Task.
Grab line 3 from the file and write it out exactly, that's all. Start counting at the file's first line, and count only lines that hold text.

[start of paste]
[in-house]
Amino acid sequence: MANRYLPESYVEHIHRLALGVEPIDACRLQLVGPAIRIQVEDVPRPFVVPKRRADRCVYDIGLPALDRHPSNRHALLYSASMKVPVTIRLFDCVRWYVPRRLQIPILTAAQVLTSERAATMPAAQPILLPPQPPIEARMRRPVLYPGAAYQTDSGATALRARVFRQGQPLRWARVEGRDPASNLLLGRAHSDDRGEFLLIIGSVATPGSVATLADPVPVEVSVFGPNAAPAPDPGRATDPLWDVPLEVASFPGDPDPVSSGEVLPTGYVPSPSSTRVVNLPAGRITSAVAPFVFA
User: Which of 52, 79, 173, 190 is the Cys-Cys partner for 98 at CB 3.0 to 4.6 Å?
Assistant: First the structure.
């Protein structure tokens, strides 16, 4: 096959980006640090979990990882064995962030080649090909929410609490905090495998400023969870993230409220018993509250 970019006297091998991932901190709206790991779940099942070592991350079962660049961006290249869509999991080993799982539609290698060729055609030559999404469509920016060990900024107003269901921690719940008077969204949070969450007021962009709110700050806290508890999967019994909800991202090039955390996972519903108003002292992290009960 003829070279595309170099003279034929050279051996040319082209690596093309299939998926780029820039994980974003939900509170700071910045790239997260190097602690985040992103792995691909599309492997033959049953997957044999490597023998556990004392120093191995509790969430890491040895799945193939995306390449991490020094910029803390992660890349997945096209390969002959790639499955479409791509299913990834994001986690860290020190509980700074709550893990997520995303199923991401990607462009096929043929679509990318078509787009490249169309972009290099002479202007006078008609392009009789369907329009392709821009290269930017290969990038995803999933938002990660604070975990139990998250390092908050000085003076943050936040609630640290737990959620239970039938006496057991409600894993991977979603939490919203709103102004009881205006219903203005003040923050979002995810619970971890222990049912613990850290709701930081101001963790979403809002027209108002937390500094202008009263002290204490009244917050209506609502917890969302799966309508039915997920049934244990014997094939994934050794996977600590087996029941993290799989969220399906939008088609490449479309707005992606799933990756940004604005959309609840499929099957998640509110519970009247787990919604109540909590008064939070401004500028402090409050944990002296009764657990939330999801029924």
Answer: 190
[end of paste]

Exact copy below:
User: Which of 52, 79, 173, 190 is the Cys-Cys partner for 98 at CB 3.0 to 4.6 Å?